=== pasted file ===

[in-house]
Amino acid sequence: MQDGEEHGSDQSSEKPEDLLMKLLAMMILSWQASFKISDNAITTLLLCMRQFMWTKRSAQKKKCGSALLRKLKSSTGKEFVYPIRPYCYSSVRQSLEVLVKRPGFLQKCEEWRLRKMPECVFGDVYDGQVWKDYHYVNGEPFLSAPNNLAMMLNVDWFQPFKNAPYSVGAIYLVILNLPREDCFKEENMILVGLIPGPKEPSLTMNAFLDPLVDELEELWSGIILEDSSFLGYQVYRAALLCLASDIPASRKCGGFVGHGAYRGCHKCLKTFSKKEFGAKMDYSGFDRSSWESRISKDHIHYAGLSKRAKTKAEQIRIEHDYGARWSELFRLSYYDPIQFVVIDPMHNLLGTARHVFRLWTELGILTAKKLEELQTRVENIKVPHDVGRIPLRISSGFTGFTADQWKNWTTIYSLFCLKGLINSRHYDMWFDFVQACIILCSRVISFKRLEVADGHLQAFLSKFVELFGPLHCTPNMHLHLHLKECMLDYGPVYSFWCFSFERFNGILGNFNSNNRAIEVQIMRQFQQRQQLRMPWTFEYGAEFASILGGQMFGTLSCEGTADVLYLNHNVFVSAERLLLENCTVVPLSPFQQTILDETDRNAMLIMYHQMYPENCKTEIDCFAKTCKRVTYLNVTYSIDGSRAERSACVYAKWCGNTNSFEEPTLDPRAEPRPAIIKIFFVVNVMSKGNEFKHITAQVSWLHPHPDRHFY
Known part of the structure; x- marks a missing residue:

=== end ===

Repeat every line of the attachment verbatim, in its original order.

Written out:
[in-house]
Amino acid sequence: MQDGEEHGSDQSSEKPEDLLMKLLAMMILSWQASFKISDNAITTLLLCMRQFMWTKRSAQKKKCGSALLRKLKSSTGKEFVYPIRPYCYSSVRQSLEVLVKRPGFLQKCEEWRLRKMPECVFGDVYDGQVWKDYHYVNGEPFLSAPNNLAMMLNVDWFQPFKNAPYSVGAIYLVILNLPREDCFKEENMILVGLIPGPKEPSLTMNAFLDPLVDELEELWSGIILEDSSFLGYQVYRAALLCLASDIPASRKCGGFVGHGAYRGCHKCLKTFSKKEFGAKMDYSGFDRSSWESRISKDHIHYAGLSKRAKTKAEQIRIEHDYGARWSELFRLSYYDPIQFVVIDPMHNLLGTARHVFRLWTELGILTAKKLEELQTRVENIKVPHDVGRIPLRISSGFTGFTADQWKNWTTIYSLFCLKGLINSRHYDMWFDFVQACIILCSRVISFKRLEVADGHLQAFLSKFVELFGPLHCTPNMHLHLHLKECMLDYGPVYSFWCFSFERFNGILGNFNSNNRAIEVQIMRQFQQRQQLRMPWTFEYGAEFASILGGQMFGTLSCEGTADVLYLNHNVFVSAERLLLENCTVVPLSPFQQTILDETDRNAMLIMYHQMYPENCKTEIDCFAKTCKRVTYLNVTYSIDGSRAERSACVYAKWCGNTNSFEEPTLDPRAEPRPAIIKIFFVVNVMSKGNEFKHITAQVSWLHPHPDRHFY
Known part of the structure; x- marks a missing residue: